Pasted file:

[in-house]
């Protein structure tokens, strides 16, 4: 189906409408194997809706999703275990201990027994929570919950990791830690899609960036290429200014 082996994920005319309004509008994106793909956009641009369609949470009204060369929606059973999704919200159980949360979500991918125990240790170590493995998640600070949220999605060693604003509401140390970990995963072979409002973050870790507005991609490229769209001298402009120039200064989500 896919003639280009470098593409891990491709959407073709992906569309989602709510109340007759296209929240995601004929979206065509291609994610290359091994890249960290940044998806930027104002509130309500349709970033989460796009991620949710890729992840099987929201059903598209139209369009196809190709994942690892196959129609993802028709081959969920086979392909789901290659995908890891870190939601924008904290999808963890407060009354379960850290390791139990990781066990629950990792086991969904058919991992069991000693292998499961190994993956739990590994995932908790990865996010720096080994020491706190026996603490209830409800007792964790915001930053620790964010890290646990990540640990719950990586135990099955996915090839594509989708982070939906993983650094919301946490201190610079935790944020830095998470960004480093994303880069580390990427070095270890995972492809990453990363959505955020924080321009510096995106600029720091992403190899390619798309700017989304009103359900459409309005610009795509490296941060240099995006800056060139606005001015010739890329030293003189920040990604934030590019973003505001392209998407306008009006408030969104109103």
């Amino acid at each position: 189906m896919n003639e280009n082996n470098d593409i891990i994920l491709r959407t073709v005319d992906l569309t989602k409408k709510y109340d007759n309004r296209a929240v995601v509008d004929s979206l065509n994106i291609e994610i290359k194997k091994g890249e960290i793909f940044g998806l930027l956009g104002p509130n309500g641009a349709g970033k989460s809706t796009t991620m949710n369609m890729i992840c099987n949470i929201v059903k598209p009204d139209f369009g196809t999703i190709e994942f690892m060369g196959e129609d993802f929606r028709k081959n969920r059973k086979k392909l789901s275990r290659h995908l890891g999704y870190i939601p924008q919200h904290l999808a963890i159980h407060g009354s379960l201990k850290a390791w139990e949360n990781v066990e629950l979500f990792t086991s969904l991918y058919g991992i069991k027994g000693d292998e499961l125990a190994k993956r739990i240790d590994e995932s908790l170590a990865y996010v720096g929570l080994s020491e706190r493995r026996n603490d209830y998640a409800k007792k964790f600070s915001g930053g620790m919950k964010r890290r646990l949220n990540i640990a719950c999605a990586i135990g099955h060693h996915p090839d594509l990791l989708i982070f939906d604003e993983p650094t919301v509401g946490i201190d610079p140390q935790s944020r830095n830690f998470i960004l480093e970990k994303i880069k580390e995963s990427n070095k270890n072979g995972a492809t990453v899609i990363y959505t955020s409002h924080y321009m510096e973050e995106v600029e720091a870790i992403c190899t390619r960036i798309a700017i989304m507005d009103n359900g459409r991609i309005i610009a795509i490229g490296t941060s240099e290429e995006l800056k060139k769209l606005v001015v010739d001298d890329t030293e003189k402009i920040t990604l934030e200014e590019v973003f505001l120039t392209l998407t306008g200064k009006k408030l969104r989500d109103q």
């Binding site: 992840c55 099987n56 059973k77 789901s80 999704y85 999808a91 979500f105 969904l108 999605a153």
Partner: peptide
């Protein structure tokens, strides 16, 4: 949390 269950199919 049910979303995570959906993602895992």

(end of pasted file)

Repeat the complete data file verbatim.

[in-house]
């Protein structure tokens, strides 16, 4: 189906409408194997809706999703275990201990027994929570919950990791830690899609960036290429200014 082996994920005319309004509008994106793909956009641009369609949470009204060369929606059973999704919200159980949360979500991918125990240790170590493995998640600070949220999605060693604003509401140390970990995963072979409002973050870790507005991609490229769209001298402009120039200064989500 896919003639280009470098593409891990491709959407073709992906569309989602709510109340007759296209929240995601004929979206065509291609994610290359091994890249960290940044998806930027104002509130309500349709970033989460796009991620949710890729992840099987929201059903598209139209369009196809190709994942690892196959129609993802028709081959969920086979392909789901290659995908890891870190939601924008904290999808963890407060009354379960850290390791139990990781066990629950990792086991969904058919991992069991000693292998499961190994993956739990590994995932908790990865996010720096080994020491706190026996603490209830409800007792964790915001930053620790964010890290646990990540640990719950990586135990099955996915090839594509989708982070939906993983650094919301946490201190610079935790944020830095998470960004480093994303880069580390990427070095270890995972492809990453990363959505955020924080321009510096995106600029720091992403190899390619798309700017989304009103359900459409309005610009795509490296941060240099995006800056060139606005001015010739890329030293003189920040990604934030590019973003505001392209998407306008009006408030969104109103």
């Amino acid at each position: 189906m896919n003639e280009n082996n470098d593409i891990i994920l491709r959407t073709v005319d992906l569309t989602k409408k709510y109340d007759n309004r296209a929240v995601v509008d004929s979206l065509n994106i291609e994610i290359k194997k091994g890249e960290i793909f940044g998806l930027l956009g104002p509130n309500g641009a349709g970033k989460s809706t796009t991620m949710n369609m890729i992840c099987n949470i929201v059903k598209p009204d139209f369009g196809t999703i190709e994942f690892m060369g196959e129609d993802f929606r028709k081959n969920r059973k086979k392909l789901s275990r290659h995908l890891g999704y870190i939601p924008q919200h904290l999808a963890i159980h407060g009354s379960l201990k850290a390791w139990e949360n990781v066990e629950l979500f990792t086991s969904l991918y058919g991992i069991k027994g000693d292998e499961l125990a190994k993956r739990i240790d590994e995932s908790l170590a990865y996010v720096g929570l080994s020491e706190r493995r026996n603490d209830y998640a409800k007792k964790f600070s915001g930053g620790m919950k964010r890290r646990l949220n990540i640990a719950c999605a990586i135990g099955h060693h996915p090839d594509l990791l989708i982070f939906d604003e993983p650094t919301v509401g946490i201190d610079p140390q935790s944020r830095n830690f998470i960004l480093e970990k994303i880069k580390e995963s990427n070095k270890n072979g995972a492809t990453v899609i990363y959505t955020s409002h924080y321009m510096e973050e995106v600029e720091a870790i992403c190899t390619r960036i798309a700017i989304m507005d009103n359900g459409r991609i309005i610009a795509i490229g490296t941060s240099e290429e995006l800056k060139k769209l606005v001015v010739d001298d890329t030293e003189k402009i920040t990604l934030e200014e590019v973003f505001l120039t392209l998407t306008g200064k009006k408030l969104r989500d109103q």
């Binding site: 992840c55 099987n56 059973k77 789901s80 999704y85 999808a91 979500f105 969904l108 999605a153």
Partner: peptide
């Protein structure tokens, strides 16, 4: 949390 269950199919 049910979303995570959906993602895992």